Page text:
Kevin O’Leary from Shark Tank pointed out that big companies and institutions would almost certainly be the most interested. Prominent financiers, corporations, and investors who might be interested in Bitcoin also face real reputational pressure from shareholders, media, and other public watchdogs to be environmentally responsible. Offering them a way to invest in Bitcoin that is cleaner would be meeting a pretty obvious need in the market.
In simple terms, the BBB is a simple parallel. It still collects dues from member businesses and grants a seal of approval for companies that meet its standards, despite being somewhat obsolete thanks to internet reviews. Despite this, the BBB is formally independent from both the government and its members and can issue negative rulings to individual members on the strength of the diversity of funding sources.
As a result, Musk tweeted recently that miners have “committed to publish current & planned renewable usage.” Saylor also stressed “transparency.” The Council’s broader goal seems to be establishing reputable measures of clean-energy bitcoin mining.
While urging transparency is a good PR gesture (see below), if Saylor and Musk genuinely want to have an impact, they should establish the BMC certificate as a standard for regulated investment funds that want to offer bitcoin while also wanting to make their investors feel good about their climate impact.
Investors would be paying a premium because clean energy is still frequently more expensive, or at the very least more complicated to obtain, than dirty juice. There may also be additional administrative fees associated with purchasing certified green bitcoin.
There are plenty of examples, especially in higher-end markets, of people paying a premium for a product or service because it’s less environmentally harmful than the alternative, without being forced to do so by the government (biodegradable disposable utensils, for example). An eco-certification system could help determine how much of a premium the market can bear and create opportunities for investors who might not otherwise own bitcoin.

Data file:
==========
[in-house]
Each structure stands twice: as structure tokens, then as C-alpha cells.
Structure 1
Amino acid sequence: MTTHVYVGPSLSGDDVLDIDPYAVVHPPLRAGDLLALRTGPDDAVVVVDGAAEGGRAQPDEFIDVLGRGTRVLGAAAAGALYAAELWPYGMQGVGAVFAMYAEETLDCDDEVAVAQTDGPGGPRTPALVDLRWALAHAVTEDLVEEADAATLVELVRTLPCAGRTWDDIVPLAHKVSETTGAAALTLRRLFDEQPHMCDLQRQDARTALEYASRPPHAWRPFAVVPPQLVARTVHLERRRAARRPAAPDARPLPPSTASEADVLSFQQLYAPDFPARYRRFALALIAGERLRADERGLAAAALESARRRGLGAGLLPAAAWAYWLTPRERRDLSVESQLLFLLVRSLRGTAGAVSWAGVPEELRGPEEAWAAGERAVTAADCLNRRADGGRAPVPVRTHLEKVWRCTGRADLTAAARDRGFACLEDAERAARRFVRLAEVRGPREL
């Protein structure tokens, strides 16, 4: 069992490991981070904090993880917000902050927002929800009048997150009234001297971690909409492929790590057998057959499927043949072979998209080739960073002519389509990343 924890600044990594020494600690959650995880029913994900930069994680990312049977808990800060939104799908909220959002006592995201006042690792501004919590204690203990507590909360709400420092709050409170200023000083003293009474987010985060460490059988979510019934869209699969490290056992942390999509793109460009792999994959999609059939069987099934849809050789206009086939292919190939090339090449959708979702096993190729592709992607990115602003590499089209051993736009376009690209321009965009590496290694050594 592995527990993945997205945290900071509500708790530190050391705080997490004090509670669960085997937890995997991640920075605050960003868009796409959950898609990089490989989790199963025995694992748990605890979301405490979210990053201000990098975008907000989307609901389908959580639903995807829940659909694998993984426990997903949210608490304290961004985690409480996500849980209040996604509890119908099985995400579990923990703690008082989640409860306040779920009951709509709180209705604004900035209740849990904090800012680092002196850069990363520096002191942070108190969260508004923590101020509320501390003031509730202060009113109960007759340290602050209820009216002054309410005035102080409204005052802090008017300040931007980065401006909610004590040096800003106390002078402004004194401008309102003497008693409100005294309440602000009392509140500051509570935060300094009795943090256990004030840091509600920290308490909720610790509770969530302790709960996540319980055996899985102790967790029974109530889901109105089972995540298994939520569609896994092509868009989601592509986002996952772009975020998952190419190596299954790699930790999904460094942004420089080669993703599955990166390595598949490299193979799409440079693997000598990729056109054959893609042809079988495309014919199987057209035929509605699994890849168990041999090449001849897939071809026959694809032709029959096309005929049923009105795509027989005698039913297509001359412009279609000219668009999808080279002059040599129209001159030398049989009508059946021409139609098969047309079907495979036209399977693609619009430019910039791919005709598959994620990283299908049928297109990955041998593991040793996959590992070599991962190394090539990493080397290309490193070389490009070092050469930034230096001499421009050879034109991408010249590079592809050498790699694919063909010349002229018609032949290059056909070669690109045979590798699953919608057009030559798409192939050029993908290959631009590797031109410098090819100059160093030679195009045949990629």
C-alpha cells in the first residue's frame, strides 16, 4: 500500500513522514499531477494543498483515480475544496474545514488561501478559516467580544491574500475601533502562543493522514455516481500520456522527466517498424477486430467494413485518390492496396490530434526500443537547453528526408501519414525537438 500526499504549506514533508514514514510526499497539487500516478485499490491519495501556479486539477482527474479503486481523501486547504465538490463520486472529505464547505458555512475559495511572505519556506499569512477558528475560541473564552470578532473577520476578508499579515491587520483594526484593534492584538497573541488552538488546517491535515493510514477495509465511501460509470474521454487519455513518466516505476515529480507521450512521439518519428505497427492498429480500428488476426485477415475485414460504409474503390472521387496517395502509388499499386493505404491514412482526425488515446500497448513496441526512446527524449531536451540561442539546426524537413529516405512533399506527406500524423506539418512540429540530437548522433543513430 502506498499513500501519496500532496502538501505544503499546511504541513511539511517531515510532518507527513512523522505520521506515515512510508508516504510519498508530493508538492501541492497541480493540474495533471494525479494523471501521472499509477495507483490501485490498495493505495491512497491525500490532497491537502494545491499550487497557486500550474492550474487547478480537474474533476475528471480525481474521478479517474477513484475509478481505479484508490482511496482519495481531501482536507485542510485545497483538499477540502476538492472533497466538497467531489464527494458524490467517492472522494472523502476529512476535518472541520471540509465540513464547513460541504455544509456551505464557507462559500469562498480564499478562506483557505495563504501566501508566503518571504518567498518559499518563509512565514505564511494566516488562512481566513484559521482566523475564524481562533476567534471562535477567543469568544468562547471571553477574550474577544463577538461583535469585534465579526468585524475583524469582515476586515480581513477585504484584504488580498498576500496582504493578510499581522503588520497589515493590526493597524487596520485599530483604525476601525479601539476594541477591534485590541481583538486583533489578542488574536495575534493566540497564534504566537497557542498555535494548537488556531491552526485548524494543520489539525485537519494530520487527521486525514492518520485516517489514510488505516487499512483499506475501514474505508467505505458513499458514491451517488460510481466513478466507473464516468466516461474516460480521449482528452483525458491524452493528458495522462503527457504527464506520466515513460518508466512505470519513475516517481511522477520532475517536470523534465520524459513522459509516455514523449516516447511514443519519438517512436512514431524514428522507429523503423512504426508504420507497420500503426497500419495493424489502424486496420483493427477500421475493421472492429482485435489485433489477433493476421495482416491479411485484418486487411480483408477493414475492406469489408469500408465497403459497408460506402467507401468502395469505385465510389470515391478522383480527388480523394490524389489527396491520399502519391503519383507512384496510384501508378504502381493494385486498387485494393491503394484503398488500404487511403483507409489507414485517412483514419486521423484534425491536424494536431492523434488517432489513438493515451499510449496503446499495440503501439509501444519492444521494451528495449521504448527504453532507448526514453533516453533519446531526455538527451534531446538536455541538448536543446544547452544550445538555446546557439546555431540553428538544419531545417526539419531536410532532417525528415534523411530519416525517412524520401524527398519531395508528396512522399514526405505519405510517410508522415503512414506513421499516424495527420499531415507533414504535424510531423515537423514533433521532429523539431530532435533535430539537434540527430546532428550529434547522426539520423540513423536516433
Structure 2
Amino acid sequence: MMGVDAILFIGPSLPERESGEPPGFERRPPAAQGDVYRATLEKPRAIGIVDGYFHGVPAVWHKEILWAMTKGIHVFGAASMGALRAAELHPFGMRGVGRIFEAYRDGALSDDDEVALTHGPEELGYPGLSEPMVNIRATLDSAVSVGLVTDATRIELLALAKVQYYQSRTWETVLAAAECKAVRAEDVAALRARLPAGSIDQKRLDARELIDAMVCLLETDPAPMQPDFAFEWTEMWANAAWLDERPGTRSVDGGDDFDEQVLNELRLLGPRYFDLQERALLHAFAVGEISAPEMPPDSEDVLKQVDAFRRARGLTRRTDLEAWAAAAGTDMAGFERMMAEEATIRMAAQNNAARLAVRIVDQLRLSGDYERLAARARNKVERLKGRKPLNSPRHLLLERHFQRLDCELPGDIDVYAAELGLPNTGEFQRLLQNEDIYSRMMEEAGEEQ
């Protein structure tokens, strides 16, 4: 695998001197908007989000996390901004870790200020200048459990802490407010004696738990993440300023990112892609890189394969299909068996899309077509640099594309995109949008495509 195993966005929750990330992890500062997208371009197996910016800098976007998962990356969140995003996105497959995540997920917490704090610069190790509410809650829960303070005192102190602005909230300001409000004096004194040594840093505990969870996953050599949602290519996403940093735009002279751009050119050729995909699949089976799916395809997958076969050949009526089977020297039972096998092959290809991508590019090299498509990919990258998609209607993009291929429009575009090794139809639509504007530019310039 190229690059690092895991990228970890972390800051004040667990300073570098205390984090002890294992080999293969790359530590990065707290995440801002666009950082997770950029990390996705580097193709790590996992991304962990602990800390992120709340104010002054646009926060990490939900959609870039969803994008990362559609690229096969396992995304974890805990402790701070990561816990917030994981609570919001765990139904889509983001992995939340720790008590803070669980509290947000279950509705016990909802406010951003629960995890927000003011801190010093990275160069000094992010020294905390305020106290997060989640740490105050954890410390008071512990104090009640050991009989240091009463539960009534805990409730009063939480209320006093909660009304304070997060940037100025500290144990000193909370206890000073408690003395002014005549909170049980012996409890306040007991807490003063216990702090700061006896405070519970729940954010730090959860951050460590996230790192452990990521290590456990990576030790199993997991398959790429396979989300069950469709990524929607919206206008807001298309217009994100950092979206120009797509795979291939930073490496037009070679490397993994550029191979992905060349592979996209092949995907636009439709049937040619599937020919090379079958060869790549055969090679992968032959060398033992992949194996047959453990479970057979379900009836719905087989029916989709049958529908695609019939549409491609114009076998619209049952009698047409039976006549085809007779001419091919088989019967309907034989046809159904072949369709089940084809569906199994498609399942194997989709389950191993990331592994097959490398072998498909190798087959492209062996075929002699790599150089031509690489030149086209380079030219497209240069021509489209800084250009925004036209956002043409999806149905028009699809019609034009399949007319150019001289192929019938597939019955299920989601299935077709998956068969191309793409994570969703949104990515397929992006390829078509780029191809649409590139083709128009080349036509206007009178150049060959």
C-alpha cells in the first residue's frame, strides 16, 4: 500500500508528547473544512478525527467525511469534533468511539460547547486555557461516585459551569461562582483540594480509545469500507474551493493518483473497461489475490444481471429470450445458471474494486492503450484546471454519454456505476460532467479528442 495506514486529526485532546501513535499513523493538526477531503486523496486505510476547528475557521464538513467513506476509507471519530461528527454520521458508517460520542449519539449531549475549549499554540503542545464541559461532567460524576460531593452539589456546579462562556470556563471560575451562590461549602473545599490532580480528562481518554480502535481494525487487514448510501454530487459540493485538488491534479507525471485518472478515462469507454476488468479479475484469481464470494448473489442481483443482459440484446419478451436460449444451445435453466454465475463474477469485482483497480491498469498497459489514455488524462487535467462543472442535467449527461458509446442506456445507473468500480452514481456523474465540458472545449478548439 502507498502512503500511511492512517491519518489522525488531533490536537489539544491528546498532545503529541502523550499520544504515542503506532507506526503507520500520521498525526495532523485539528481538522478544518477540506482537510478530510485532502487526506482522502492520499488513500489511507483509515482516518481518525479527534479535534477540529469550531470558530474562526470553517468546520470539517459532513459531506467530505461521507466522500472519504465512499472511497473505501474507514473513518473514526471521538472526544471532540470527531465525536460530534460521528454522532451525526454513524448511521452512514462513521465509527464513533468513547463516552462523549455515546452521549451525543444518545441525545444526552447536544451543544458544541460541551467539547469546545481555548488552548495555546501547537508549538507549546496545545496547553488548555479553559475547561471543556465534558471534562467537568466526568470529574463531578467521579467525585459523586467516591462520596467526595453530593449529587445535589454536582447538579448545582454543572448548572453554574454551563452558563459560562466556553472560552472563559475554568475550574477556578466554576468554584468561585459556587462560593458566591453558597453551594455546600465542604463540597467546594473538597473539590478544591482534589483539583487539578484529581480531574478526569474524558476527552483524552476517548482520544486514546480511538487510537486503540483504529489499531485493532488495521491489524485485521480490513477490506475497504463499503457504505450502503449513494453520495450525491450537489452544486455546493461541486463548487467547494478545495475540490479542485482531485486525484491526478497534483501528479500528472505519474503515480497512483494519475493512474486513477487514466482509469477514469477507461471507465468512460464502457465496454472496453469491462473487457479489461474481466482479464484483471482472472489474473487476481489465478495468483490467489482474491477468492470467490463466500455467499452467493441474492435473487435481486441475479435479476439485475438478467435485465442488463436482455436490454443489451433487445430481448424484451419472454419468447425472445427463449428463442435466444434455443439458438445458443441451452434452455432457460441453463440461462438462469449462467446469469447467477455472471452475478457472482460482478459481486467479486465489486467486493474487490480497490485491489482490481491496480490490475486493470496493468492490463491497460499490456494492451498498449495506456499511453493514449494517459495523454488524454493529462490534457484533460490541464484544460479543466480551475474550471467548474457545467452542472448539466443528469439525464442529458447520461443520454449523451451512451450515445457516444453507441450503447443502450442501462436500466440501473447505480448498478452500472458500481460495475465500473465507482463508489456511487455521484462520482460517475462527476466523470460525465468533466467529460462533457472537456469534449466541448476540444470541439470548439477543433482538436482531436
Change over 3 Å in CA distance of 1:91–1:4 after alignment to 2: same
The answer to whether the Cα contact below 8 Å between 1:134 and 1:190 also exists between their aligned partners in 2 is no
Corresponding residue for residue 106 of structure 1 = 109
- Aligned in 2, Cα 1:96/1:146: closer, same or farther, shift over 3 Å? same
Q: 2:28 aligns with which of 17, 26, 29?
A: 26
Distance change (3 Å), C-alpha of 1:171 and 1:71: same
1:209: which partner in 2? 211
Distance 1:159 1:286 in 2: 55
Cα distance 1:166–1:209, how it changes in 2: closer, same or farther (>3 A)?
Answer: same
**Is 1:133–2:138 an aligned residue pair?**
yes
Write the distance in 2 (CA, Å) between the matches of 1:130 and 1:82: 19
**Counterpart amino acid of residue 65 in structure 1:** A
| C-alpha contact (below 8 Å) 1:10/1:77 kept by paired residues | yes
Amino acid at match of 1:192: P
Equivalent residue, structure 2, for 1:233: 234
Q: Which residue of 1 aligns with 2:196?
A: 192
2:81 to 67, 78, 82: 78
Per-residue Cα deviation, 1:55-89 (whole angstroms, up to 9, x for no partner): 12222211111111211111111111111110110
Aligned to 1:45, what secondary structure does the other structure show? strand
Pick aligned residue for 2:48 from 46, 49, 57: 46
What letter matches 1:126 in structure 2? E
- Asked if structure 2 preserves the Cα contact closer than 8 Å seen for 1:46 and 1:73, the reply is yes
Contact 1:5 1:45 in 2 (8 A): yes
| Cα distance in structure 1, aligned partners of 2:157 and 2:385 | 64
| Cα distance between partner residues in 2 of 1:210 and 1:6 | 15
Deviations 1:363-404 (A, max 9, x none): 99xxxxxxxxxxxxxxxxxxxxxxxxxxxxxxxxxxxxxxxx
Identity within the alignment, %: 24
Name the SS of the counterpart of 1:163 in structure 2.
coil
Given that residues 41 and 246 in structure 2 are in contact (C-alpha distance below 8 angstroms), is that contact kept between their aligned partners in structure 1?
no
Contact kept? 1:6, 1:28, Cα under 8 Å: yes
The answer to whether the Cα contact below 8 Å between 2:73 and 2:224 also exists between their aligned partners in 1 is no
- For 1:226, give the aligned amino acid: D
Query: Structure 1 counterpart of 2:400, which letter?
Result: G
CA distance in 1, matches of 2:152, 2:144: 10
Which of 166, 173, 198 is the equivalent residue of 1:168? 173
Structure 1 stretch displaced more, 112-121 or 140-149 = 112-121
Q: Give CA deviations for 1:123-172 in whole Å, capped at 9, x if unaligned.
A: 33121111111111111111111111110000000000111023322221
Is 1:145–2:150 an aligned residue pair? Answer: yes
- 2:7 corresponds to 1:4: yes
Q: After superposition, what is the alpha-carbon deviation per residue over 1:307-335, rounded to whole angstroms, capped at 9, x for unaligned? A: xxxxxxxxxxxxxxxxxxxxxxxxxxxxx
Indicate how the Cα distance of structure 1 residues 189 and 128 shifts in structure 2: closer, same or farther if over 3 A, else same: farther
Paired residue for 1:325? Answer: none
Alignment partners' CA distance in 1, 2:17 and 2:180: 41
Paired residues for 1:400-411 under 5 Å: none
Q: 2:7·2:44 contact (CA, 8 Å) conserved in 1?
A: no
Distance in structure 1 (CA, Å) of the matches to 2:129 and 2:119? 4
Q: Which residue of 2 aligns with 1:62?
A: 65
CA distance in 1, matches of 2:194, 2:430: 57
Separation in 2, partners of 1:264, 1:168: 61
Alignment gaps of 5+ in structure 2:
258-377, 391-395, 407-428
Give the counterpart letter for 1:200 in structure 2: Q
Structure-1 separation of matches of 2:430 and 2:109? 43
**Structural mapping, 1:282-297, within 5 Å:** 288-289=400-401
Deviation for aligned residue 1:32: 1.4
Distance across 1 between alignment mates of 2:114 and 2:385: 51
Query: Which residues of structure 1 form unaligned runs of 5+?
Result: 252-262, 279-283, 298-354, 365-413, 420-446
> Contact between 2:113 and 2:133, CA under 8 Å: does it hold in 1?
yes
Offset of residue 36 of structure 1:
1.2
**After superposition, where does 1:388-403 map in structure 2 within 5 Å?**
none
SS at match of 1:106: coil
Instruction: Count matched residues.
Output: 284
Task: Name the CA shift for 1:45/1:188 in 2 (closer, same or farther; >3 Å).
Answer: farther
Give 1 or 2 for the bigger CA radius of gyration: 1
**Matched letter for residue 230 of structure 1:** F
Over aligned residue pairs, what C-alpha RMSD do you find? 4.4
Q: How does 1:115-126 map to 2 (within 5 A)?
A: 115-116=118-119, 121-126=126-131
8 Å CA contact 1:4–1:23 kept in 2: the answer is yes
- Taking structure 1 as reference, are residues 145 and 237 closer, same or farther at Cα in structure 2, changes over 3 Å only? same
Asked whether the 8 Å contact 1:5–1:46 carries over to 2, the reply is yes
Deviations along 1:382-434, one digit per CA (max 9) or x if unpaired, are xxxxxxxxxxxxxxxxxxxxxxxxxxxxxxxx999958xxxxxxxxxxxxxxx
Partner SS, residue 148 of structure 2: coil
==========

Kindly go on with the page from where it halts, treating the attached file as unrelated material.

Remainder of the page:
Does it change the existing system?
It would not permanently impact the Bitcoin system as it would be based on influence instead of rules. It would be primarily focused on influencing the most public and visible new coin onramps.
Government intervention would be absent, just voluntary signals that provide consumers a clear and hopefully trustworthy way to exercise their choice to hold cleaner bitcoins.
In addition, it would not be an immediate and perfect solution to turn Bitcoin green – but that’s by design. Everyone would still be free to use the network however they choose.
The growing involvement of mainstream, regulated institutions provides more opportunities than trying to impose new rules. It is difficult to change the underlying system in major ways, so it is more effective to leverage local conditions or specific circumstances to exert influence.
Crucially, this approach doesn’t result in “two bitcoins,” which was the ultimate fallout of the failure of the New York Agreement. Instead, it creates additional value without tampering with the blockchain.
Also, this should highlight why it doesn’t make sense to let the market handle Bitcoin’s environmental concerns. This is actually a technical question.
A lot of greenhouse gases and carbon are externalities, which means that the cost of producing them is not efficiently reflected in market prices. Voluntary certification is a light-touch, market-based, non-governmental approach to get price and demand signals into the market.
A lobbying group or PR gesture?
Trying to change the code is the worst possible approach. Trying to influence regulation would be second-worst. Due to Musk’s influence, he can probably bend U.S. government regulations toward his will to at least some degree, and he has little insight into the real purpose of crypto. Consequently, it would be a mistake for him to set a national policy on bitcoin mining, regardless of your beliefs.
A BMC of this type would be the least ambitious and most likely. Every six months, this institution will launch a transparency report, fund a handful of upbeat ‘research reports’ on bitcoin and clean energy, then shut down.
It wouldn’t accomplish much without levers of real influence, but it would make some rich guys feel like they were doing something. In the end, isn’t that what really counts?